Given Laar's strong international standing, the move surprised pundits. But in hindsight, the demise of the governing three-party coalition in January was inevitable, if not wholly desirable.
Despite the success of its economic program, Laar's government was plagued by real and imagined scandals. The event that probably signaled the end was the presidential election last fall. Neither the coalition nor Laar's own party could rally behind a single candidate.
Much to the prime minister's embarrassment, ex-communist leader Arnold Ruutel took up residence in the presidential palace at Kadriorg.
With his leadership under attack, it was hardly surprising that Laar resigned when his coalition partners in the Reform Party allied themselves with the rival Center Party in a power shift in the Tallinn City Council. Laar justified his decision saying coalition infighting was hurting Estonia's prospects for EU and NATO membership. He saw only one option: self-sacrifice.
Should we believe Laar's claim to martyrdom? It's doubtful. It is hard to accept that a serious reversal was coming to a country where politicians' support for European integration is near unanimous. The Economist only recently called Estonia Europe's "star pupil."
Laar's decision was a strange one. His Pro Patria Union (along with their kissing cousins in the Moderate Party) had hoped their coalition with the Reform Party would become the first in Estonia's democratic history to complete a mandate.
They had spent three years implementing a series of difficult reforms, such as a pension scheme and making sacrifices in the name of European integration. Now they expected the political rewards. They could afford to spend on social programs and NATO would deliver good news.
Why then would a practical politician meekly give up this advantage? Especially to his ideological rival and arch nemesis Edgar Savisaar, the populist leader of Center Party.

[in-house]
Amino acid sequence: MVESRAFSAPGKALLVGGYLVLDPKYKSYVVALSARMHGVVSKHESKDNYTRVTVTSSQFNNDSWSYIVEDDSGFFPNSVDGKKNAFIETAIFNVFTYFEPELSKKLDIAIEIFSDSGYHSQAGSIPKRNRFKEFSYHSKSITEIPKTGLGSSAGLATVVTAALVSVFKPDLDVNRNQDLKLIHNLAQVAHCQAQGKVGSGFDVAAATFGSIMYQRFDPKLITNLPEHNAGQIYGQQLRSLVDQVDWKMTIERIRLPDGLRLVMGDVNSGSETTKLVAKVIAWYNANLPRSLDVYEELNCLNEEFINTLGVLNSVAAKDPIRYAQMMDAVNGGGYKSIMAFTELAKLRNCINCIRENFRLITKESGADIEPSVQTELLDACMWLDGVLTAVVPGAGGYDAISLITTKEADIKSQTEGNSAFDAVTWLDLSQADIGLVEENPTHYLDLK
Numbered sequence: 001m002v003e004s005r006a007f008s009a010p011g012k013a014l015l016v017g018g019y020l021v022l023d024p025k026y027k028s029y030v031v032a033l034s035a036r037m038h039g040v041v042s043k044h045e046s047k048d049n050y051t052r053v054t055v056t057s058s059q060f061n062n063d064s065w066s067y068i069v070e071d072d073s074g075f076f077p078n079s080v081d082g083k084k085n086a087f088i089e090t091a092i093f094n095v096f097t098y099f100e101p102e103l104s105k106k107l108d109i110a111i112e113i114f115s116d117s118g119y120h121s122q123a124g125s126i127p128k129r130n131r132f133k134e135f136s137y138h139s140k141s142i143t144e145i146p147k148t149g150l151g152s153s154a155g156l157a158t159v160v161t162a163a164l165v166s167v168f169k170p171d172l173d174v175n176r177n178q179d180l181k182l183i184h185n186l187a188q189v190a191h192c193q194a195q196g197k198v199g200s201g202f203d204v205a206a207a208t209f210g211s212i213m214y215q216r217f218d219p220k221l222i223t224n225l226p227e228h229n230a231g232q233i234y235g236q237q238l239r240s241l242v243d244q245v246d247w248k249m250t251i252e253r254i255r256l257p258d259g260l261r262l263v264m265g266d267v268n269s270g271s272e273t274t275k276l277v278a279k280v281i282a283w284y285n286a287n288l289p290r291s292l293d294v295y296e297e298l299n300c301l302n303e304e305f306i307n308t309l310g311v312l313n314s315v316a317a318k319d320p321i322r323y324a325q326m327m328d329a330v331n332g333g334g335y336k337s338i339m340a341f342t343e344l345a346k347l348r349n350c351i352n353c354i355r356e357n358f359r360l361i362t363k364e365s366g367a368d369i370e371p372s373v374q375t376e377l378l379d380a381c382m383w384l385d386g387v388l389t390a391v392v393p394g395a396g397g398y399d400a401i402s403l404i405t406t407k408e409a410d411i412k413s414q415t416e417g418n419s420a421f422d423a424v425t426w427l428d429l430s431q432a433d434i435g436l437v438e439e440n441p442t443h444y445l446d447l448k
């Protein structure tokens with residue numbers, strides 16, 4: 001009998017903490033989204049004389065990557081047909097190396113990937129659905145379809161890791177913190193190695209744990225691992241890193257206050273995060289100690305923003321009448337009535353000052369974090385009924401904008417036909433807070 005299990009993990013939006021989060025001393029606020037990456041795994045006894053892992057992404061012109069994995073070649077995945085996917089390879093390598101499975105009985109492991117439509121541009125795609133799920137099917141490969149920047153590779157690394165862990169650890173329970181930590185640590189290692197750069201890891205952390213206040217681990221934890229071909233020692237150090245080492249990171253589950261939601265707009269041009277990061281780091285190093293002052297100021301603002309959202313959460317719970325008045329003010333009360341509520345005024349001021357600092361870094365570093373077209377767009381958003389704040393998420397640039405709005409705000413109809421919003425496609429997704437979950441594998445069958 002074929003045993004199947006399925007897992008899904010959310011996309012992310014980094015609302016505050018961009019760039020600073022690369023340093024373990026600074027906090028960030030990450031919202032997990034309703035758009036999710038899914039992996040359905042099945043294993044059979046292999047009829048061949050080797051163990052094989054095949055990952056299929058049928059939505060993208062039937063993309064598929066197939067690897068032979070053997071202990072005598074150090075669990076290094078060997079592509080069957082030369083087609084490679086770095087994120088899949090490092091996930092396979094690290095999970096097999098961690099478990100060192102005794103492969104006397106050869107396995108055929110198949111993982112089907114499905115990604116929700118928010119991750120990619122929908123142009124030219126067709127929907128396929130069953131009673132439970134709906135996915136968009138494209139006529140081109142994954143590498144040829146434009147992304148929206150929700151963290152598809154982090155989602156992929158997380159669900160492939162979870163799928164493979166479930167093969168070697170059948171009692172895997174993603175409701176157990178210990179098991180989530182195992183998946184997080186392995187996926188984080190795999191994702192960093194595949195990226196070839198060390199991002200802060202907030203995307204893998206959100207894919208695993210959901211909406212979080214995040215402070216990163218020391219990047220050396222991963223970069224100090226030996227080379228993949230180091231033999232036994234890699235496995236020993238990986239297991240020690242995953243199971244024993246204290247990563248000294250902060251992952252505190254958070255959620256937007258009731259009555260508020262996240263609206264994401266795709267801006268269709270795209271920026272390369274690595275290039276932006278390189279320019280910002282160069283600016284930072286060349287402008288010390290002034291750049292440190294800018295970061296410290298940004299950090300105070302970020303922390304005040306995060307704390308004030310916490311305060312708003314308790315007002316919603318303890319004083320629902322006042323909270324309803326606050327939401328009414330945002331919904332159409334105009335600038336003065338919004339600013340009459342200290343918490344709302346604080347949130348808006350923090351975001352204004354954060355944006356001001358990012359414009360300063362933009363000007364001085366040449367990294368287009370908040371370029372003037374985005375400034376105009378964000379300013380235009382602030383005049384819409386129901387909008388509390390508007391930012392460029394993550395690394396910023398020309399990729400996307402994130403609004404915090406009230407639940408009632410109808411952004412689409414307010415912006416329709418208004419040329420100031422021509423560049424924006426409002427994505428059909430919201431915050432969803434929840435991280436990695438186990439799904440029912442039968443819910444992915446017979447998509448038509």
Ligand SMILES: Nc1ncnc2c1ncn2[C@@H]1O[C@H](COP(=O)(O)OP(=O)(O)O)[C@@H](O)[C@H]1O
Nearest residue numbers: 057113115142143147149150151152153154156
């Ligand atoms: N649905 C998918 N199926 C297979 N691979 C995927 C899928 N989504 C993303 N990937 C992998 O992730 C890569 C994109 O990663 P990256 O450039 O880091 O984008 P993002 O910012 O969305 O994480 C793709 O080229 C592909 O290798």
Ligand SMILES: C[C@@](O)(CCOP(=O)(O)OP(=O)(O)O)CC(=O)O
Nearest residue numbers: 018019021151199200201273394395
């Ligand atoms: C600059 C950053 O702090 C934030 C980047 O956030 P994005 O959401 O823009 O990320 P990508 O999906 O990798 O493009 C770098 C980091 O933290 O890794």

Perhaps Laar recalled that a quirk of Estonia's political culture is that voters have never returned an incumbent government to power. With an election looming early next year, it's easy to guess what Mart Laar the historian is betting on.
It's unlikely that Laar consciously chose this strategy. The situation has forced it on him. But he does have a slim chance of success. Unlike his previous exit from power, Laar retains leadership of his party and a solid partnership with the Moderates. He now has a year to quietly mend relationships.
More importantly, the new Center-Reform coalition will face immense public pressure.
The circus of scandal and partisan politics has turned Estonia's voters against government in general. Now Edgar Savisaar, a leading architect in fanning distrust, must assume some of the responsibility for leadership. It seems unlikely that a marriage of convenience between two opportunistic and ideologically distant parties can quickly repair confidence in the Parliament. It is likely that a public already expecting scandals and a media eager to supply them will frustrate this new government just as it has every previous government.
Whether by default or design, Mart Laar could return to power next year. This fact has little to do with any particularly good qualities of Laar, his party or his policies. His opportunity is the product of positioning and timing. Should it come to pass, it would be an unfortunate commentary on the state of democratic politics in Estonia.